SLE is associated with a number of linked syndromes, for which specific drug therapies have been developed: Raynaud’s syndrome affects 20–30% of patients and in severe cases causes digital ischaemia and infarction. Calcium channel blockers such as nifedipine act on arteriolar smooth muscle to cause vasodilation and are the mainstay of treatment. Severe Raynaud’s is treated with IV iloprost, often for five consecutive days. Side-effects include facial flushing and headaches. Human calcitonin gene-related peptide 1 has been used with success in selected patients.(1)

Secondary antiphospholipid syndrome affects approximately 10% of SLE patients and predisposes to thrombotic events, livedo reticularis, headache, epilepsy and recurrent first-trimester miscarriage. Those with thrombosis require anticoagulation with warfarin, aiming for an INR of 3–3.5.

A variety of other autoimmune diseases, including Sjögren’s syndrome, hypothyroidism and myositis, may develop in patients with SLE. About 30% of patients with SLE suffer a second, third or even fourth autoimmune condition.

Pregnancy in SLE is associated with an increased risk of pre-eclampsia, intrauterine growth retardation and premature labour. Flares of SLE may occur at any time, but whether they are more likely to occur in pregnancy is controversial. It is recommended that NSAIDs be avoided in the last few weeks of pregnancy. Corticosteroids are not teratogenic and may be used. When stronger immunosuppression is required, azathioprine is considered to be safest. Cyclophosphamide is teratogenic and should be avoided.

Drugs in development and research into the disease
New biological agents targeting B cells and cytokines such as IL-10 are currently undergoing clinical trials.

B-lymphocyte depletion using anti-CD20 monoclonal antibody (rituximab) has recently been assessed in an open study of six patients.(2) This study of patients with active disease who had failed conventional therapy used two 500mg pulses of rituximab in combination with two fortnightly 750mg pulses of cyclophosphamide plus 30 or 60mg oral prednisolone per day for five days. One patient was lost to followup. The remaining patients showed improvements in serological markers and British Isles Lupus Assessment Group (BILAG) scores (a comprehensive tool for assessing disease activity) at six months. Two patients relapsed at seven and eight months and were retreated. A further two patients were well enough not to require any immunosuppression at 18 and 16 months. No significant infusion-related adverse effects were observed. Several episodes of respiratory tract infection and gastroenteritis were reported. These were either self-limiting or responded to conventional antibiotic treatment. The study concluded that there was sufficient evidence to justify a formal controlled trial to assess safety and efficacy of B-cell depletion further.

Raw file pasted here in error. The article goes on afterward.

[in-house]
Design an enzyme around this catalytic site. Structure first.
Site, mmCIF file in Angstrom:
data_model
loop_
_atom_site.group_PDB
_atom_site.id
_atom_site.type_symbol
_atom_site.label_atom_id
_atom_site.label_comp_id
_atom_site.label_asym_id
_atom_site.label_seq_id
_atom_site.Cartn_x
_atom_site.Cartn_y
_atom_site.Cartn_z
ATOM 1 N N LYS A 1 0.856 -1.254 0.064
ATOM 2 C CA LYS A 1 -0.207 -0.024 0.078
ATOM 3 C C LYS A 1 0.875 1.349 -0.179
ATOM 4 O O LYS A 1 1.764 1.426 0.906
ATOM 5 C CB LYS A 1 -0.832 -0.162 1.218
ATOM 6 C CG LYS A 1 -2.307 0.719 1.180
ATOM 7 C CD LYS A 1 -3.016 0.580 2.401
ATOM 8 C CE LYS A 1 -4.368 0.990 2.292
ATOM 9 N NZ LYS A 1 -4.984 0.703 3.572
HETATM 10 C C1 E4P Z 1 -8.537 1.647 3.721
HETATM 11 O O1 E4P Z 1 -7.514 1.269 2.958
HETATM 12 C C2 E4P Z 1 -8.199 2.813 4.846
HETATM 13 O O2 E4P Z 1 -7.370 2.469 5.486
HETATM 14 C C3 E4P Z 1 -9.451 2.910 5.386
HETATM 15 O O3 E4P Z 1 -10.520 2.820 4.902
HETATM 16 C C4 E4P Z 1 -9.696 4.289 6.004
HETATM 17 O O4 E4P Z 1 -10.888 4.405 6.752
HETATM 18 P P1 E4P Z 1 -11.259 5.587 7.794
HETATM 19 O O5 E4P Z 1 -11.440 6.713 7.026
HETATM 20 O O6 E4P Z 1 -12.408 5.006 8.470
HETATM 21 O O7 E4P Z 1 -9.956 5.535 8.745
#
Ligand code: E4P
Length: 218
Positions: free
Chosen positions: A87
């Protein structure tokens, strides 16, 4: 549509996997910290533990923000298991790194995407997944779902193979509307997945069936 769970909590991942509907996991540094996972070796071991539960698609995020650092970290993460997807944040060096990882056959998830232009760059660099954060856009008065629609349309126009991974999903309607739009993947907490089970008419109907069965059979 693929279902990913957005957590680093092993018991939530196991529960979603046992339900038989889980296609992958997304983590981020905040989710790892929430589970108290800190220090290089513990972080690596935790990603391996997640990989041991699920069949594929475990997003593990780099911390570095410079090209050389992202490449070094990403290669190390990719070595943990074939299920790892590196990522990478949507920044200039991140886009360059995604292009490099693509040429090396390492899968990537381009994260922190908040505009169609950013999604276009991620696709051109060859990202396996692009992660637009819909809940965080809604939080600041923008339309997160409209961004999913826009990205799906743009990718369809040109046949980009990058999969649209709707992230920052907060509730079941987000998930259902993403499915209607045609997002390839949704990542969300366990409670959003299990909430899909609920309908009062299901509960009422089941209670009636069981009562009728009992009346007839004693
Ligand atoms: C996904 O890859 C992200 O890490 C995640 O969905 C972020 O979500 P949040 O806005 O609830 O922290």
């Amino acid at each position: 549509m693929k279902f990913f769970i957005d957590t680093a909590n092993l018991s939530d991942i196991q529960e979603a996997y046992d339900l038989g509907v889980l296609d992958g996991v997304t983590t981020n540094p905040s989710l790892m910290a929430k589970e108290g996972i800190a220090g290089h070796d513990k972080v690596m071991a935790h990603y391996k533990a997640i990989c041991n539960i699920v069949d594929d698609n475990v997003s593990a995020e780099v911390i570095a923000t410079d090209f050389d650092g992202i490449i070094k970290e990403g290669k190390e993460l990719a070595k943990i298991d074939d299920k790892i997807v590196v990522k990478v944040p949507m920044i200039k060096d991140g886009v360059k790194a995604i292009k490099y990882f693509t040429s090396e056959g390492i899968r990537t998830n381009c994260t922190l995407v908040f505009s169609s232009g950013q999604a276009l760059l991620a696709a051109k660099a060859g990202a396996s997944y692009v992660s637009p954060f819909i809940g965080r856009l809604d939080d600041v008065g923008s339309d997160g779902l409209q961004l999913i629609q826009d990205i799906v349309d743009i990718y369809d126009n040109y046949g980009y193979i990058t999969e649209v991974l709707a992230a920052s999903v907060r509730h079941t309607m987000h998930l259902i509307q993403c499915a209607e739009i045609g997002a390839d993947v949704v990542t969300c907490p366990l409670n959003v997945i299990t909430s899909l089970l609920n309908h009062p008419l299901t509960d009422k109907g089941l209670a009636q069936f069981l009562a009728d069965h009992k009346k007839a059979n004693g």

A selective B-cell immunomodulator, LPJ 394, which induces B-cell anergy by interacting with the B-cell receptor, has recently been used in a clinical trial and showed a 40% reduction in anti-dsDNA antibodies.(3) A multicentre trial is ongoing in the USA at present.

A murine monoclonal antibody directed against IL-10 has been used in an open-ended clinical trial of six patients with SLE.(4) The SLE Disease Activity Index (SLEDAI) score (a global disease activity scoring system) decreased from a mean of 8.83 before treatment to a mean of 1.33 at six months, indicating that the disease had become inactive. However, one of the patients failed to respond, and four required existing drug modification at the end of the second month. In addition, all patients developed antibodies against the murine monoclonal antibody. It is therefore not possible to administer this antibody repeatedly. One possible solution is to develop adjuvant therapies to minimise the development of antibodies to the murine components of biological agent. Another, which is currently in development, is to make “humanised” biological agents that are less immunogenic.

As in patients with rheumatoid arthritis, biological therapies are opening up new lines of treatment for patients with resistant SLE. However, these agents are expensive and, if proven to be efficacious in large-scale trials, will undoubtedly put a strain on already limited healthcare resources. As with infliximab, the anti-TNF antibody used in rheumatoid arthritis and Crohn’s disease, a scoring system will probably need to be developed to identify patients who are most likely to benefit from treatment. Costeffectiveness will need to be evaluated and measures taken to identify the best drug combinations.


  1. Bunker CB, Reavley C, O’Shaughnessy DJ, Dowd PM. Calcitonin gene-related peptide in treatment of severe peripheral vascular insufficiency in Raynaud’s phenomenon. Lancet 1993;342:80-2.
  2. Leandro MJ, Edwards JC, Cambridge G, et al. An open study of B lymphocyte depletion in systemic lupus erythematosus. Arthritis Rheum 2002;46:2673-7.
  3. Furie RA, Cash JM, Cronin ME, et al. Treatment of systemic lupus erythematosus with LJP 394. J Rheumatol 2001;28:257-65.
  4. Llorente L, Richaud- Patin Y, Garcia-Padilla C, et al. Clinical and biological effects of anti-interleukin-10 monoclonal antibody administration in systemic lupus erythematosus. Arthritis Rheum 2000;43:1790-800.